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The worst viral TV ad ever? Coke’s pimped vending machine leaves a bad taste...

The 'viral' video can be an incredibly powerful tool for promoting the USP of a product, or it can simply be used to make us feel more positively about a brand. But sometimes (more often than most would like to admit) they simply fall flat. So, why is it that this campaign from Coca-Cola left me with a bad taste in my mouth.

The worst viral TV ad ever? Coke's pimped vending machine leaves a bad taste...

The 'viral' video can be an incredibly powerful tool for promoting the USP of a product, or it can simply be used to make us feel more positively about a brand. But sometimes (more often than most would like to admit) they simply fall flat. So, why is it that this campaign from Coca-Cola left me with a bad taste in my mouth.

DUMB REPORT 2009: iSnack 2.Doh! (1 of 10)

As the first instalment in our annual DUMB REPORT, it's hard to look beyond the most discussed media and marketing experiment for 2009, Kraft's controversial crowdsourcing campaign and the naming of iSnack 2.0.

How to make your message pop (by killing animated polar bears)

I often become frustrated when catching up on Australian business news. I've never figured out why business journalists - in particular - must use such complex language to articulate often simple points.

Oh Bhoy, spoof Scottish tourism ad tells it as it is

Scotland is not blessed with Rome's basilicas or the Manhattan's skyscrapers. When your accidental national emblems are bagpipes and haggis, you need to adopt a creative approach to selling your country to the world as a tourist destination. Enter Scottish comedian Danny Bhoy, with this hilarious overview of his country's unique points of difference. (Salty language warning -- and we're not talking about the accents...)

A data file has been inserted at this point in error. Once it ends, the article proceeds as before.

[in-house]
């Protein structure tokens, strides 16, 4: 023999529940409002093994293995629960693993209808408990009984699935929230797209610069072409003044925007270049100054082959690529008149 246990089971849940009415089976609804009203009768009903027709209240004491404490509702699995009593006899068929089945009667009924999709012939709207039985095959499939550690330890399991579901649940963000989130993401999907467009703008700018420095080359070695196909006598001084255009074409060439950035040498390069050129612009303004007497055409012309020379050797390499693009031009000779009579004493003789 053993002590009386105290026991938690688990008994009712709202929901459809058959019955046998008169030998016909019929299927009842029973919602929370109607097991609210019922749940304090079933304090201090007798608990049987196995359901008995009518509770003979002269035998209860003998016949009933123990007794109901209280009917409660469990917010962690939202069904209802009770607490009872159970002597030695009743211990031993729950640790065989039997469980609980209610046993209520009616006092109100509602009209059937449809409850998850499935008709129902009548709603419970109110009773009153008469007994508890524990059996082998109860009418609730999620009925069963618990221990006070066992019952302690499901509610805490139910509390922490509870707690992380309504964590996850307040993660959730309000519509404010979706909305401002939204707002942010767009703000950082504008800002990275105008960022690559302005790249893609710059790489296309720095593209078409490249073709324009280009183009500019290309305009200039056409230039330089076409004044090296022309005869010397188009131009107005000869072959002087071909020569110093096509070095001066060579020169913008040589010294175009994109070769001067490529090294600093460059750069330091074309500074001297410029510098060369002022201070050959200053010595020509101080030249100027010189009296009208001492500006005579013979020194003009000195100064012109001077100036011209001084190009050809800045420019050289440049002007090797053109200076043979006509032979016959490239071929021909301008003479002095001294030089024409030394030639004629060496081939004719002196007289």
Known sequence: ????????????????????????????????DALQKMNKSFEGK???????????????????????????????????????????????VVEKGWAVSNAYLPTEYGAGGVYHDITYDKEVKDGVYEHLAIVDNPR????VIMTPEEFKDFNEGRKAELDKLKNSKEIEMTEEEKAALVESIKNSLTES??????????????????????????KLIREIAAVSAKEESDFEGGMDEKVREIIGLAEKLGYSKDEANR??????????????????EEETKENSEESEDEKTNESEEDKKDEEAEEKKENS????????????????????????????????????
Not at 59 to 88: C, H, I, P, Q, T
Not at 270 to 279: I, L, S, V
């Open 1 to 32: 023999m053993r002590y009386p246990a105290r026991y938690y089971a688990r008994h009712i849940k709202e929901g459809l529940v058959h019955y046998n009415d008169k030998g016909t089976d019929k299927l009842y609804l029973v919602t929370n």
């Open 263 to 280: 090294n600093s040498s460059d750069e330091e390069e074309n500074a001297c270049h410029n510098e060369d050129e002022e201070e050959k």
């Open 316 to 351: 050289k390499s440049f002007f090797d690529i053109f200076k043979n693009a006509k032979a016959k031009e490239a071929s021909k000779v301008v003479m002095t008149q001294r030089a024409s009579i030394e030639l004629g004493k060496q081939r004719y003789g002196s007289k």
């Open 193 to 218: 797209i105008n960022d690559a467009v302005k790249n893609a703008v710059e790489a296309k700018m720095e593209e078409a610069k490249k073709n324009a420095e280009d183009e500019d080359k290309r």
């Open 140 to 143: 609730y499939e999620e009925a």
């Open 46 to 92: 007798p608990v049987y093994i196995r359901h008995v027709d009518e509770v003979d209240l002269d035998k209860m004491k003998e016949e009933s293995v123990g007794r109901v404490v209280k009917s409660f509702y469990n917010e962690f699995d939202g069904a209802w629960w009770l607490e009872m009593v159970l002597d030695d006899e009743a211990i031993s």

How to trump cunning linguistics and seize competitive advantage

The Commonwealth Bank is currently running an advertisement that irks me. Beyond all the arty-farty advertiser speak and debate over the campaign’s merits in the industry media, it contains a terminology flaw that sticks out like dogs balls. When the kid says, “Can’t we just promise to fix it?” my hackles go up.

Guinness brings its marketing strategy to life

This sweeping new Guinness ad is more than just a breath of fresh air. It marks a departure from the marketing strapline "Good things come to those who wait" that those at the helm of the famous Irish stout brewer have clasped closely for the past decade. The TVC, titled "World", features the new strapline "Bring it to life", playing to the idea that Guinness looks like it comes alive when poured into a pint glass. Brilliant.

The Monthly Schwag (The segment formerly known as Cool for Comment)

At Anthill, we often find ourselves at the receiving end of unsolicited marketing gifts, from keyrings to… well… Beatles CDs. Last month, we decided to film our reactions and opinions about some of the best (and worst), and called it, ‘cool for comment’. The response was so positive (James got ambushed in a pub by a guy called Steve and Lachy's Auntie Jean thought it was 'swell') that we've decided to do it again, under the new and improved, more apt segment heading, 'the monthly schwag.'

Rory Sutherland: Life lessons from an ad man

In this extremely entertaining talk delivered at TEDglobal 2009 in Oxford (bet you'll be hooked after the first 15 seconds), English ad man Rory Sutherland explores perception and reality in a commercial world.

Volkswagen's viral success: the fun theory

Its latest campaign, The Fun Theory, is based on the idea that people's actions can be changed by something as simple as 'fun'. Played out (and filmed) on an unsuspecting public, a set of subway stairs transformed into a walking piano and a 'never-ending' bin manage to dramatically change people's typical behaviour for the better. And all of this with barely a reference to Volkswagen.

Volkswagen’s viral success: the fun theory